It can cost up to 33% of an employee’s salary to fill a vacant position.
Employers who wish to avoid both the expense and the hassle of trying to replace valued employees understand that an “ounce of prevention is worth a pound of cure”.
You may have an outstanding “employee package” with a competitive salary, solid benefit plan and generous vacation program, but those mainly work to attract good employees.
In most cases, those aren’t enough to keep good employees long-term. What’s the secret to retaining key employees in your company?
Acknowledge Your Employees Value Employees want to be recognized for their unique contributions to the organization. Show your employees that they are an asset to the company. Greet them by name. Recognize when they do a good job. (Be specific. “Nice work on the Harris project” is more powerful than “Good job”.) Thank them for working hard every day. Ask for their ideas and input into changes or improvements in the company. Help them use goal-setting to plan their work and allow them to make choices on how to accomplish their tasks whenever possible. By showing employees you value the work they do, you are building trust and loyalty – two of the biggest reasons employees give for staying at their job.
Communicate Your Company Values Educate employees on the mission of the company, and how their role assists in reaching the business’ goals. Assist employees in setting goals to reach their own targets. Provide employees with a clear job description to ensure that they understand their duties and communicate any changes or updates that may be needed. Do not hesitate to repeat, repeat, repeat your company values – you’d be surprised how many of your employees may not be sure what the company values are. This is not their fault, it is yours as a leader. Seek to change that.
Provide Growth Opportunities In many cases valued employees will seek employment elsewhere when they feel there is nowhere for them to progress within the organization. Make sure employees know the path forward within your company. Offer professional and personal development opportunities regularly. Think outside the box – ask your employees which programs may be of special interest to them that could help them do their work better. Keep your employees informed of future plans for their growth within your business and develop a systematic plan together to help them achieve success.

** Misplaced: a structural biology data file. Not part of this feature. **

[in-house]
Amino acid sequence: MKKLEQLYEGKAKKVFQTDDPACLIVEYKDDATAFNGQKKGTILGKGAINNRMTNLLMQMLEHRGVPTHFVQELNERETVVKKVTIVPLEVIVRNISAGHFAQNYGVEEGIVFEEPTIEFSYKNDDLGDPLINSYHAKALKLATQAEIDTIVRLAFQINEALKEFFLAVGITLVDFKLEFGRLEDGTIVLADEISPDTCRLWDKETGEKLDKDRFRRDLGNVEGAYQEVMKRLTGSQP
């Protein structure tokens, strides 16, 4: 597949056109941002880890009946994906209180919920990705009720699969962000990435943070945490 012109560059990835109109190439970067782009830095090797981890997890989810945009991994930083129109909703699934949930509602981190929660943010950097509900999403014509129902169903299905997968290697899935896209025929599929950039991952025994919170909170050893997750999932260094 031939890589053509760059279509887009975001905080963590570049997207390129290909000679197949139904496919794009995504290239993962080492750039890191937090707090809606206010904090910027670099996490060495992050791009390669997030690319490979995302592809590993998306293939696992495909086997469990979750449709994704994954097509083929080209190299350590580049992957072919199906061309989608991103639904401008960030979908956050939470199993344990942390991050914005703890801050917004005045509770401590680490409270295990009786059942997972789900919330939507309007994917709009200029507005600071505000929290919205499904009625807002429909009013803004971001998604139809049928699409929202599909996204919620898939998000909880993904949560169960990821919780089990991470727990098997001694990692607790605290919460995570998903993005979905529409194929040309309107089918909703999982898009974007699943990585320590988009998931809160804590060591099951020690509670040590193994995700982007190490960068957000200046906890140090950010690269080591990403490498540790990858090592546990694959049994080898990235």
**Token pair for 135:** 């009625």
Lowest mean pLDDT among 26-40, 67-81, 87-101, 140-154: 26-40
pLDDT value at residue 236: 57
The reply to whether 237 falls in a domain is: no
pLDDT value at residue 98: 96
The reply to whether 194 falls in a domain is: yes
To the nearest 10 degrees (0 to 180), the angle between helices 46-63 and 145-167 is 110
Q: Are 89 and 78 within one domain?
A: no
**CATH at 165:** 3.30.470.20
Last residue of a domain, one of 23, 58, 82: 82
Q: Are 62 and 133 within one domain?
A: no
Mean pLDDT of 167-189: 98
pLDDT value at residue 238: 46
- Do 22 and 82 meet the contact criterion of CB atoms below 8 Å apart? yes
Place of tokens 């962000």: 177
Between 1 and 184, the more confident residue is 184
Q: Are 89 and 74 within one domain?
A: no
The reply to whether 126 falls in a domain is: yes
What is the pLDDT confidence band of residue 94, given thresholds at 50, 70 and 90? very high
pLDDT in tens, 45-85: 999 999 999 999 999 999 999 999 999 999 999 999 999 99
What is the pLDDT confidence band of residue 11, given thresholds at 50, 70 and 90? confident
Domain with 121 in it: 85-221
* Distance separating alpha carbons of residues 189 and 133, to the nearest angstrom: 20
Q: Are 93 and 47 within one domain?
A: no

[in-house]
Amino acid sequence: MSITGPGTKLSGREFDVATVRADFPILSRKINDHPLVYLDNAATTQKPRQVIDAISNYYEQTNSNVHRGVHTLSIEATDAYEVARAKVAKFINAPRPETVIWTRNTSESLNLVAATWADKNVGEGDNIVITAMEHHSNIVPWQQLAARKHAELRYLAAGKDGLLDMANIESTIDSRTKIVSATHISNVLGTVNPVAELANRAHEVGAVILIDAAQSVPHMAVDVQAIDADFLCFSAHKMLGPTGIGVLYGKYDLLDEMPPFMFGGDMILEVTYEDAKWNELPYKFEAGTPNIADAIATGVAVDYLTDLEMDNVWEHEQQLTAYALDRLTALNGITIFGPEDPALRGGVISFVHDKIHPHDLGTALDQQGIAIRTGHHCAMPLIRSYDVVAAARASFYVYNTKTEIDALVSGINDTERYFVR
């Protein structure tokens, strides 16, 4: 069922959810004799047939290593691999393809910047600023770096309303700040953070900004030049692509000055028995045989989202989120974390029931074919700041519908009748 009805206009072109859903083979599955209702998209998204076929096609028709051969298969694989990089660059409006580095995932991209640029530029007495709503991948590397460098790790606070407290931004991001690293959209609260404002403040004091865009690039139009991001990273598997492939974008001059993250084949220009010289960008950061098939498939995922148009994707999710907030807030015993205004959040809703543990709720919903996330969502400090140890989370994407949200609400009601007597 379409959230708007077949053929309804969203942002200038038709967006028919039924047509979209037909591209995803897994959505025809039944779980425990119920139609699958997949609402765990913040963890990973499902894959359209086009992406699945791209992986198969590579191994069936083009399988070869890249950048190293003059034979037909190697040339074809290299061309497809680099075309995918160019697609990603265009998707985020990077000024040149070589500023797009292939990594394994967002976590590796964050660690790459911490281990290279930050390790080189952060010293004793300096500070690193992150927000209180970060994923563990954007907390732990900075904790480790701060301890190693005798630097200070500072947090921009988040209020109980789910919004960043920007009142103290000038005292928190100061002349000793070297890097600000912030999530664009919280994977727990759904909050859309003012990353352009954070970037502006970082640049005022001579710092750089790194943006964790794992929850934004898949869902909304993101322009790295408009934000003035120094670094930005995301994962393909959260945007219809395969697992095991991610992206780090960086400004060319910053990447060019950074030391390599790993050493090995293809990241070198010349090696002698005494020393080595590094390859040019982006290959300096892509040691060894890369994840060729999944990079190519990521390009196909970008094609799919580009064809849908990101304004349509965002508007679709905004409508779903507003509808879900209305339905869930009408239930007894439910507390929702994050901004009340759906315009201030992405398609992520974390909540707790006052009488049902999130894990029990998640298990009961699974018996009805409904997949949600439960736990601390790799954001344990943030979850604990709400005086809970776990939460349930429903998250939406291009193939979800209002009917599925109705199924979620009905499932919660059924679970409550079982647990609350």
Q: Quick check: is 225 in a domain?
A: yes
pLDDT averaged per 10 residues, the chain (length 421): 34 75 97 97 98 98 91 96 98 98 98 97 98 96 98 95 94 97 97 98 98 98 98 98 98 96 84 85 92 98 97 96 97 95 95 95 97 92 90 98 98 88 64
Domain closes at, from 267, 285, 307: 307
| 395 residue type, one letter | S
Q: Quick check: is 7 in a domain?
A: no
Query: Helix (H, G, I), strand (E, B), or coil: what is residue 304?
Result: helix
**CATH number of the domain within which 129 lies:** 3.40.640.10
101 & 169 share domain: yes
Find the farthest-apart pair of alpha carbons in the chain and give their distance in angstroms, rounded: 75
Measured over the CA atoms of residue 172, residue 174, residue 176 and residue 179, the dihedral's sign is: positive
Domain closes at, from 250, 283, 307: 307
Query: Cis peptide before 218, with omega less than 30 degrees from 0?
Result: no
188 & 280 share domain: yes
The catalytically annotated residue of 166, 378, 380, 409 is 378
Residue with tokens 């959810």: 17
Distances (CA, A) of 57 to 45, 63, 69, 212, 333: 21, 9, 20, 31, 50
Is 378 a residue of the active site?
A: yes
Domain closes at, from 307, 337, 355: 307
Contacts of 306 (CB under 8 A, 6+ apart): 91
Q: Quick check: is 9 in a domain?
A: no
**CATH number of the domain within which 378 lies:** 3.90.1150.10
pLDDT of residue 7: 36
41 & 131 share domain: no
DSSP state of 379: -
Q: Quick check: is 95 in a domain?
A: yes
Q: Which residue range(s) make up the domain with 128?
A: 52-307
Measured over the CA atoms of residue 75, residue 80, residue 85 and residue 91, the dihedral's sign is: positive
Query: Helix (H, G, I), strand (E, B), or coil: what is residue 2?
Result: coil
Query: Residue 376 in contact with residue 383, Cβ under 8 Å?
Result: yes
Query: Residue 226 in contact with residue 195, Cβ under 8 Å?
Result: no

Promote a Team Feeling Help employees see themselves as part of a larger group by encouraging teamwork whenever possible. A recent survey indicated that nearly half of North American employees polled listed a good relationship with their co-workers at the top of the reasons for staying at their current job. Cultivate this by establishing places where team members can eat together, seating areas where employees can congregate on breaks and naturally talk about which project their working on. If you run a remote team, you may want to bring them all together at a co-working space once a month, or gather globally remote teams on a catch-up Zoom call once a month. But, it’s got to work for your culture, take these ideas as a starting point.
Provide Financial Incentive While salary may not be the primary reason employees give for staying in their job, it is a factor in why they may leave. Regularly compare your pay structure with similar businesses to ensure that your company is competitive in pay. Offer bonuses and other financial incentives for work that is above and beyond their normal duties, or for outstanding performances.
Tired of the revolving door of employees and the financial drain it causes for your business? Invest both time and money into retaining your valued employees by implementing a strategic plan of retention.
In addition, evaluate your own role in retaining employees. Does the way you interact with employees express your appreciation for their performance? Do employees value your input and feel as though they can come to you with issues and problems they may be facing (both in and out of work)?
Half of polled employees revealed that a good relationship with their manager is a factor in staying at a job – even if they are not happy with their salary. What changes can you make to ensure that your employees have a clear picture of their importance to the company?